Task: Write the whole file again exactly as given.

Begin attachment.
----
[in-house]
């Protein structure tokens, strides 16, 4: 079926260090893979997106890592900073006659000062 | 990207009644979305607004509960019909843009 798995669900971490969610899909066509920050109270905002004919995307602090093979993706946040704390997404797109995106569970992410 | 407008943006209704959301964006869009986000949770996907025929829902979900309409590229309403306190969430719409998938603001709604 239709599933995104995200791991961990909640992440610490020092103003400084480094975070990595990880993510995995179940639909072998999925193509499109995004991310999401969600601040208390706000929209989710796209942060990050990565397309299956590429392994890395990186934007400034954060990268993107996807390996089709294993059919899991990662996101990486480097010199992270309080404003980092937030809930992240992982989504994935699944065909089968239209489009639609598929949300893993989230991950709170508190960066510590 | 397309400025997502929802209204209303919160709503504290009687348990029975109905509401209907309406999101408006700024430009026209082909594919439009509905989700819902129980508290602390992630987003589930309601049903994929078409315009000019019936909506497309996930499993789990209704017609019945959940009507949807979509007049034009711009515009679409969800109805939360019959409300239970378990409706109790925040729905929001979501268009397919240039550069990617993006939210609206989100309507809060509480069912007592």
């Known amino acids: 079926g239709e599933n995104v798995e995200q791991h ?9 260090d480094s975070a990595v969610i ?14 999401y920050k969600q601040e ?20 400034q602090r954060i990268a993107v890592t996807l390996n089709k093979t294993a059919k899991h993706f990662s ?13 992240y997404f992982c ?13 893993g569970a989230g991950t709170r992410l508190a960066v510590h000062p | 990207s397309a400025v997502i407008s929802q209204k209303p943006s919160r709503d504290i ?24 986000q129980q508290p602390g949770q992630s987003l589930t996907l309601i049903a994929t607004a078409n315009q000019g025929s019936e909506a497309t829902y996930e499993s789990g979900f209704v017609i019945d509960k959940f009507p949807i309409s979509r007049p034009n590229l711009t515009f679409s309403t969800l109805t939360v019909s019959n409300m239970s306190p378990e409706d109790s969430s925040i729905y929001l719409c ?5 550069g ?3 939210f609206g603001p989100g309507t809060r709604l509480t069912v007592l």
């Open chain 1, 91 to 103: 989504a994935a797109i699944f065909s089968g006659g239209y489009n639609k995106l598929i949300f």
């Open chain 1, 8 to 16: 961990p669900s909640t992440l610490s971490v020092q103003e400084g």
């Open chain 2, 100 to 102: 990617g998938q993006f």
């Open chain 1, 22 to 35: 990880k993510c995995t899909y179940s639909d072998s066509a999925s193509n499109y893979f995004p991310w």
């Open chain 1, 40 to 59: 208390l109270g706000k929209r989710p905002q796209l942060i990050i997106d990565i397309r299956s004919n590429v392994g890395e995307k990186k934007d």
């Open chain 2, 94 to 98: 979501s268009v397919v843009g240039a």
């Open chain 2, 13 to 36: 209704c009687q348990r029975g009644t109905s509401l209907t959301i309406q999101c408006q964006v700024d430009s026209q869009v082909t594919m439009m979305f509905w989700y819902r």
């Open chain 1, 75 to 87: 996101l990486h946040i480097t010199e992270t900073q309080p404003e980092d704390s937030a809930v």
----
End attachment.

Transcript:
[in-house]
């Protein structure tokens, strides 16, 4: 079926260090893979997106890592900073006659000062 | 990207009644979305607004509960019909843009 798995669900971490969610899909066509920050109270905002004919995307602090093979993706946040704390997404797109995106569970992410 | 407008943006209704959301964006869009986000949770996907025929829902979900309409590229309403306190969430719409998938603001709604 239709599933995104995200791991961990909640992440610490020092103003400084480094975070990595990880993510995995179940639909072998999925193509499109995004991310999401969600601040208390706000929209989710796209942060990050990565397309299956590429392994890395990186934007400034954060990268993107996807390996089709294993059919899991990662996101990486480097010199992270309080404003980092937030809930992240992982989504994935699944065909089968239209489009639609598929949300893993989230991950709170508190960066510590 | 397309400025997502929802209204209303919160709503504290009687348990029975109905509401209907309406999101408006700024430009026209082909594919439009509905989700819902129980508290602390992630987003589930309601049903994929078409315009000019019936909506497309996930499993789990209704017609019945959940009507949807979509007049034009711009515009679409969800109805939360019959409300239970378990409706109790925040729905929001979501268009397919240039550069990617993006939210609206989100309507809060509480069912007592």
């Known amino acids: 079926g239709e599933n995104v798995e995200q791991h ?9 260090d480094s975070a990595v969610i ?14 999401y920050k969600q601040e ?20 400034q602090r954060i990268a993107v890592t996807l390996n089709k093979t294993a059919k899991h993706f990662s ?13 992240y997404f992982c ?13 893993g569970a989230g991950t709170r992410l508190a960066v510590h000062p | 990207s397309a400025v997502i407008s929802q209204k209303p943006s919160r709503d504290i ?24 986000q129980q508290p602390g949770q992630s987003l589930t996907l309601i049903a994929t607004a078409n315009q000019g025929s019936e909506a497309t829902y996930e499993s789990g979900f209704v017609i019945d509960k959940f009507p949807i309409s979509r007049p034009n590229l711009t515009f679409s309403t969800l109805t939360v019909s019959n409300m239970s306190p378990e409706d109790s969430s925040i729905y929001l719409c ?5 550069g ?3 939210f609206g603001p989100g309507t809060r709604l509480t069912v007592l």
């Open chain 1, 91 to 103: 989504a994935a797109i699944f065909s089968g006659g239209y489009n639609k995106l598929i949300f």
């Open chain 1, 8 to 16: 961990p669900s909640t992440l610490s971490v020092q103003e400084g």
């Open chain 2, 100 to 102: 990617g998938q993006f």
């Open chain 1, 22 to 35: 990880k993510c995995t899909y179940s639909d072998s066509a999925s193509n499109y893979f995004p991310w």
């Open chain 1, 40 to 59: 208390l109270g706000k929209r989710p905002q796209l942060i990050i997106d990565i397309r299956s004919n590429v392994g890395e995307k990186k934007d």
């Open chain 2, 94 to 98: 979501s268009v397919v843009g240039a």
């Open chain 2, 13 to 36: 209704c009687q348990r029975g009644t109905s509401l209907t959301i309406q999101c408006q964006v700024d430009s026209q869009v082909t594919m439009m979305f509905w989700y819902r």
């Open chain 1, 75 to 87: 996101l990486h946040i480097t010199e992270t900073q309080p404003e980092d704390s937030a809930v």